Gateway to the Colca Canyon, twice the depth of the Grand Canyon and home to the giant Andean Condor, Chivay is a town of around 5000 inhabitants on the bank of the Colca River. It looks little affected by tourism.
Arriving in Chivay, Peru
What strikes me first as we drive into town is the cacti growing along the top of the seemingly 10-foot high earthen walls. They surround bare, brown dirt yards where grey and crumbling adobe homes stand. I wonder, are the cacti to keep intruders out or for a bit of color? There doesn’t appear to be a lot to safeguard. Rocks hold down corrugated iron roofs. Weather-beaten doors are rusting. Chunks of plaster are missing or paint-faded from the modern concrete buildings.
Walking Tour of Chivay
I stroll up the wide pedestrian, concreted Avenida Salaverry, dirt roads just around the corner. Colorful figures around two meters high dot the way. Brass plaques on the plinths bear Spanish and poorly translated English descriptions which are confusing. I later discover the thirteen figures depict traditional folk dances of the region. An Andean woman, her skirt mid-twirl, dances the Sara Tarpuy performed at harvest time. A man wearing a conical hat decorated with silver-colored plates represents the enslaved Africans who mined ore in the region. A native Peruvian wears a horned mask and holds a weasel-looking animal portraying the ancient trade between the upper valley and the Pacific coast.
A woman passes who could have stepped off one of the plinths. She wears an embroidered, scarlet, shin-length skirt. Her white, wide-brimmed hat, decorated with glittery embroidery, sits atop her beautiful, black braided hair. Her traditional outfit is fashioned on the dress of long ago Spanish-colonial women. She carries a load on her back using an emerald green blanket bordered in bright pink. It is tied around her shoulders. A snow-white alpaca, or maybe a llama, trots alongside. Not wanting to be intrusive, I take a photo of her walking away.
Further up Avenida Salaverry, carcasses of animals the alpaca may have been related to are piled on a blanket spilling out onto the street, a hacksaw next to them. There doesn’t appear to be any other meat in the shop or any refrigeration.
The Chivay Market Stalls
Indoor and outdoor stalls, taking up a full city block, appear to be Chivay’s answer to a supermarket. Fruit, vegetables, meat – including grey bits I don’t recognize – and sacks of grains are crammed alongside clothing, DVDs, food stalls (dine at the cart or take away) and plastic 20-liter containers of colored drinks, a myriad of flavors. The stallholders are all women. The younger ones wear caps and jeans, whereas the older women dress more traditionally. All wear felted-wool hats, either white and wide-brimmed or a dark brown bowler. Among the alpaca wool garments, woven blankets, and wall hangings, a woman embroiders cloth using an early 20th Century sewing machine.
Plaza de Armas, Chivay
Through a timeworn, brown brick archway, I enter the Plaza de Armas. Three-wheeled moto-taxis buzz along the roads bordering it. They look like something from ‘Pimp My Ride’, brightly colored and emblazoned with characters and patterns. How do drivers safely maneuver these vehicles when it rains on the soft plastic windscreens?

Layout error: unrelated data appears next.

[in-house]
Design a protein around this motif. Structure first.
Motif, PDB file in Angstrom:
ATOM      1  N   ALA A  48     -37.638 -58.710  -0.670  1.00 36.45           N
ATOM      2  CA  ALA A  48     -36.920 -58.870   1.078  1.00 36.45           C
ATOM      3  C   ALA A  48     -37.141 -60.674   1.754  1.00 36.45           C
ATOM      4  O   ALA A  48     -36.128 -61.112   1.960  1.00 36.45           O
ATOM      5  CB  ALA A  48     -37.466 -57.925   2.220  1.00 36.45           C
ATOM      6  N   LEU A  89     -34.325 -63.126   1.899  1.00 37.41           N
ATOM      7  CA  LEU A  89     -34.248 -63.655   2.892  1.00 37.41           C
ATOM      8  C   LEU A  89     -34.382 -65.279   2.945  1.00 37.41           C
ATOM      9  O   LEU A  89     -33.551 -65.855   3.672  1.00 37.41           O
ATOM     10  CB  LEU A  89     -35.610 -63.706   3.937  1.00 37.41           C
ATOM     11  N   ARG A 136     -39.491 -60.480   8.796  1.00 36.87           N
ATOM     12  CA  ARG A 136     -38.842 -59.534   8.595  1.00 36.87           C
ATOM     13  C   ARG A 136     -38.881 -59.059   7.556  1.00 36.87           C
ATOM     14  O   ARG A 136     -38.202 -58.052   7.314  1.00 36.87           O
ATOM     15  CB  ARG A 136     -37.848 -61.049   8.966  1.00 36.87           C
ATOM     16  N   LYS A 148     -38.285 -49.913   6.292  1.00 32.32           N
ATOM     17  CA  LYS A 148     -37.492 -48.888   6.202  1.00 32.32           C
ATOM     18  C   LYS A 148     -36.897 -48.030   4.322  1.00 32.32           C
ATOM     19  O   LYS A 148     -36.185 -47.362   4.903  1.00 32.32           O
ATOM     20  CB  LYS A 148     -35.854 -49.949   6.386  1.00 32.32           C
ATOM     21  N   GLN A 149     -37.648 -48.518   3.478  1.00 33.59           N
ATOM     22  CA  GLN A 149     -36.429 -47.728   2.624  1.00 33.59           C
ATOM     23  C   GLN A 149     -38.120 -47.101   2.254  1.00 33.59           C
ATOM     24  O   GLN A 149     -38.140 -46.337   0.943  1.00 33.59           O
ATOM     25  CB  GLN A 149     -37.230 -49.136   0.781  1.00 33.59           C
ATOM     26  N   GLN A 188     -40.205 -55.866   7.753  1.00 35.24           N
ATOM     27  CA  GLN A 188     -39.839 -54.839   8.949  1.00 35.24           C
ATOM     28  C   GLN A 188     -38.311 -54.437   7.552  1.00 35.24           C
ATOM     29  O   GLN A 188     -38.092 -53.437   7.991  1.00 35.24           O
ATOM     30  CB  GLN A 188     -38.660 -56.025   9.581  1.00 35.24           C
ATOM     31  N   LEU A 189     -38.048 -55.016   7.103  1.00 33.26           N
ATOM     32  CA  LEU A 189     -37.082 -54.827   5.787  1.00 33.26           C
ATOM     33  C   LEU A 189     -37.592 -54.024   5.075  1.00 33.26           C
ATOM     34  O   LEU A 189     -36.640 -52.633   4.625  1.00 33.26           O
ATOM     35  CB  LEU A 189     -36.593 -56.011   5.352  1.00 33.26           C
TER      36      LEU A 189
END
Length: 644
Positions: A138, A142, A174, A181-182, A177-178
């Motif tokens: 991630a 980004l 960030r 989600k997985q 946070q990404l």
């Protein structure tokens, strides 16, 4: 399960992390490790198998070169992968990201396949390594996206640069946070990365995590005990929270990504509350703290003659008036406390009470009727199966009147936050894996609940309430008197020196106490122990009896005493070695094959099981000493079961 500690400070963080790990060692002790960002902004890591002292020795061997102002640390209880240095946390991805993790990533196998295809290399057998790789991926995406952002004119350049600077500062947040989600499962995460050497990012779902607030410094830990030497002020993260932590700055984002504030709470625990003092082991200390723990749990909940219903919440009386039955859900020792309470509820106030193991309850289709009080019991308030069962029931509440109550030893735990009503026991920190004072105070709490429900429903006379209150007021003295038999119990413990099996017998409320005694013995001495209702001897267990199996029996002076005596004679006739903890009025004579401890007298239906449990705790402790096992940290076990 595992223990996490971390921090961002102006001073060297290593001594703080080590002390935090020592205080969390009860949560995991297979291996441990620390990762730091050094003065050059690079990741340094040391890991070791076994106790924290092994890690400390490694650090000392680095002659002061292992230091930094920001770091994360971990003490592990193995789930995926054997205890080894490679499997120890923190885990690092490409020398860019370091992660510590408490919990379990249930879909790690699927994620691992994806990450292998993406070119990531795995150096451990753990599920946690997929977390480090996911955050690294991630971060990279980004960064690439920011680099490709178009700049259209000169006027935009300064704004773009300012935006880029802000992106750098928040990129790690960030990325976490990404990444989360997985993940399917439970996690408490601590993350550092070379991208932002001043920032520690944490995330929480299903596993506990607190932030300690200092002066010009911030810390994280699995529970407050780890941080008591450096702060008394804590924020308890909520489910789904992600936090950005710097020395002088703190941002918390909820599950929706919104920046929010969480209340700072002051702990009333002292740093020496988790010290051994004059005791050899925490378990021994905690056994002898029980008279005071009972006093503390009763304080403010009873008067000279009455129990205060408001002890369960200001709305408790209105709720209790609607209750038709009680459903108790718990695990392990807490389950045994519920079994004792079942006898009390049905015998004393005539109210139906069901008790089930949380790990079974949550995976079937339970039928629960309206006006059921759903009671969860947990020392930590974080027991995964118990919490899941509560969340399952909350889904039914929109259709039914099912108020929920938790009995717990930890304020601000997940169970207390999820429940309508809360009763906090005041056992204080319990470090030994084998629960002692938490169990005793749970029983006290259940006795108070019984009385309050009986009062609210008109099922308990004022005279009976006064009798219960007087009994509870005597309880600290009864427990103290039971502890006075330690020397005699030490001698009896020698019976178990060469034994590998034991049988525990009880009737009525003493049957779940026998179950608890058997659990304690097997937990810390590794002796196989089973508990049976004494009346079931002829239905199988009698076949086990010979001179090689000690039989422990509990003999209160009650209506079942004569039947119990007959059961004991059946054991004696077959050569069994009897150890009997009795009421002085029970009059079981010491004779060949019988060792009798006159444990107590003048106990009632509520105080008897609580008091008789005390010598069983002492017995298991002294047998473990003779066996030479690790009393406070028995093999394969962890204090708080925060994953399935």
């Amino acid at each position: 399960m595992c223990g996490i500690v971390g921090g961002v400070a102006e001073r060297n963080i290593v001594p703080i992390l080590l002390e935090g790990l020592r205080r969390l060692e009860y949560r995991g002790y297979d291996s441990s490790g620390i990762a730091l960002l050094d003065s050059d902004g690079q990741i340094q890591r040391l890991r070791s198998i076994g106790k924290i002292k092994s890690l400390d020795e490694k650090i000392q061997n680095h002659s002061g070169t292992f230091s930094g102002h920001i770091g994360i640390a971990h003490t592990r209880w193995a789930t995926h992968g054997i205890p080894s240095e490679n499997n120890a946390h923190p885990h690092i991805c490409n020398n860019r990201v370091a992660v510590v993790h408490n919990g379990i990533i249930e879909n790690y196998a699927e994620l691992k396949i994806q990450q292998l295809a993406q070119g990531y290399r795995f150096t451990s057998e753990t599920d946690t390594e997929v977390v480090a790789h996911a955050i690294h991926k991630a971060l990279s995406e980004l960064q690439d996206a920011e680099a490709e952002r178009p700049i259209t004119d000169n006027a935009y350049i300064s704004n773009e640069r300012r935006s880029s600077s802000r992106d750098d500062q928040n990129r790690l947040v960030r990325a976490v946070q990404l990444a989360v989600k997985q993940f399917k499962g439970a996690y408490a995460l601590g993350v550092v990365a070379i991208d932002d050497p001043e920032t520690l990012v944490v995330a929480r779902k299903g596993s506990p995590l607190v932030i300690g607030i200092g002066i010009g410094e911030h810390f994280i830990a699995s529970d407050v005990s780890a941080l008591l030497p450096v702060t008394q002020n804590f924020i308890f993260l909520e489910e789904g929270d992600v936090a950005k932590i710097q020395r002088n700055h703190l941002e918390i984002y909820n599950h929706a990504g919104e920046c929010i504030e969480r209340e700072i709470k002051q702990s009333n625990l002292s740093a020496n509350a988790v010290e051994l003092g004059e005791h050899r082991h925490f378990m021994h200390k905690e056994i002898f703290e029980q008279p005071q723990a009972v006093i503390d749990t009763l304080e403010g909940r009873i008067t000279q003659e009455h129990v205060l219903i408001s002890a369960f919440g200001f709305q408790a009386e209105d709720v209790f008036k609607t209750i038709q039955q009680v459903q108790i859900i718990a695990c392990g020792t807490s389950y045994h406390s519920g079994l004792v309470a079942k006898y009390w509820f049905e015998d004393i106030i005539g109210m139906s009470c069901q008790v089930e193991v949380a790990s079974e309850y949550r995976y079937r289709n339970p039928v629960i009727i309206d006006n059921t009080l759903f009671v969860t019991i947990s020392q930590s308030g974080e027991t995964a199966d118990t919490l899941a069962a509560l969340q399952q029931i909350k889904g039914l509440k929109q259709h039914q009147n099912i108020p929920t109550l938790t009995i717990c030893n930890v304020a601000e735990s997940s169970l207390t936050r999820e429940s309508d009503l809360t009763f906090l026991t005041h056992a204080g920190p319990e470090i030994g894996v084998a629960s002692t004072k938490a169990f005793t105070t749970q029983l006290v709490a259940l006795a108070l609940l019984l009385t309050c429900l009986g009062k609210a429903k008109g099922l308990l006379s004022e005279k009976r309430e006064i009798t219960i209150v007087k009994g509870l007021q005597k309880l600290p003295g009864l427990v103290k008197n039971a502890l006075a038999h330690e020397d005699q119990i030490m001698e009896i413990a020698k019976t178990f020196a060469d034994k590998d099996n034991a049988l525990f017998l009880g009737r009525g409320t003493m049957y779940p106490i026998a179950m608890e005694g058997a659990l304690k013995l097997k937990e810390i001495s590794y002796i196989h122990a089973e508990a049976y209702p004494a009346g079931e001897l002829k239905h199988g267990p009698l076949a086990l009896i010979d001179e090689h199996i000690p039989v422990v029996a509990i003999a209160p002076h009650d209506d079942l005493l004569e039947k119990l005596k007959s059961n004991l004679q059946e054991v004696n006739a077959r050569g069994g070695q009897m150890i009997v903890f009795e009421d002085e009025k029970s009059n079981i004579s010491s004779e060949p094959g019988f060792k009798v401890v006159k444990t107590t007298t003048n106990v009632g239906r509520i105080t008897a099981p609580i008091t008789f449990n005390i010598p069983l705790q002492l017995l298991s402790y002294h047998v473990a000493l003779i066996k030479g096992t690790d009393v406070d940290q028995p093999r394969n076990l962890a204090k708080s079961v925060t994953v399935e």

The 18th Century, double bell-towered Church of Our Lady of the Assumption dominates the square. Above it, on a distant mountainside, a huge cross is marked out in the greyish-green vegetation.
The Church of Our Lady of the Assumption
Inside the silent church, I’m surprised by the contrast to its simple, white Spanish-style exterior. White ceiling and upper walls, and the black and white tiled floor are lost in the gaudiness of a pale blue altar wall, green nave walls and an abundance of pastel pinks, blues, and greens on the painted swags, pillars and sculptures.
Doll-sized saints in alcoves abound – a conquistador, a pale Andean woman in colonial Spanish dress, Jesus wearing a blue cloth around his lower half amongst them. To my eyes, it resembles a doll museum or ornate puppet theatre. The nativity scene – it’s nearly Christmas – has plastic toy animals and Lego palm trees surrounding the manger. It kind of sums up Chivay: a bit traditional, a bit modern.
Back out in the square, a distant volcano has a plume of white smoke hanging like a low cloud above its peak. Nobody seems worried. How many civilizations have witnessed that sight?
Food in Chivay
Evening in Chivay brings people flocking to the outdoor food stalls. On Calle Miguel Grau I dodge beeping moto-taxis and get bumped and jostled by passersby when I stop to purchase a skewer of sizzling meat cooked over gas-fueled flames for a single Peruvian Sol.
Possibly, it’s alpaca, a boiled potato skewered on the end. It’s tasty but I’m craving vegetables. I step into a restaurant where locals are eating. The bright red walls add warmth to the night. I nod to whatever the waitress is offering, my Spanish pitiful. There seems to be a set menu, every table has the same food upon it. I leave the chicken claw which reaches out of the soup full of pasta and potato. The main meal is a carbo overload of rice, pasta, potato, peas, and carrots. I can’t finish it.
Thankfully, the dessert is light. Possibly made from purple corn, it’s a very sweet, runny, grape-colored, jelly-like dish. Possibly it has stewed apple in it. I sip the coca tea in the hope it helps alleviate my shortness of breath, brought on by the altitude of nearly 12,000 feet. It was a basic dinner, probably the sort that has been eaten around this area for centuries. And only 7.50 Sol!
Outside, the December air is colder. I walk briskly to McElroy’s Irish Pub on the Plaza de Armas and step into the warmth. This is possibly one of Chivay’s few concessions to international tourism. There’s definitely no Peruvian cultural traditions in the bar… except maybe the Pisco.
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